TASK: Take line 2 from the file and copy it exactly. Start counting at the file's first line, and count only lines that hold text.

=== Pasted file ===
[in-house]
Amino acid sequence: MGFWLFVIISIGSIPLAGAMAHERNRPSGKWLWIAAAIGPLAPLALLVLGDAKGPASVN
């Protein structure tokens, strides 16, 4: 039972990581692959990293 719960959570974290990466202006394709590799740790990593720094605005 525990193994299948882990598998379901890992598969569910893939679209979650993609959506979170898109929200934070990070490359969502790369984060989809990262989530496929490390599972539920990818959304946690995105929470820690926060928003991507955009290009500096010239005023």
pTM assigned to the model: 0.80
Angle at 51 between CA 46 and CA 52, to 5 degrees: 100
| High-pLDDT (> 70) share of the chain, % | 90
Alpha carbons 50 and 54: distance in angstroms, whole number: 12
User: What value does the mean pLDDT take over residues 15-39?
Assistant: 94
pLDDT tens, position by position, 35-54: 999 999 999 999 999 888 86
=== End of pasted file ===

Amino acid sequence: MGFWLFVIISIGSIPLAGAMAHERNRPSGKWLWIAAAIGPLAPLALLVLGDAKGPASVN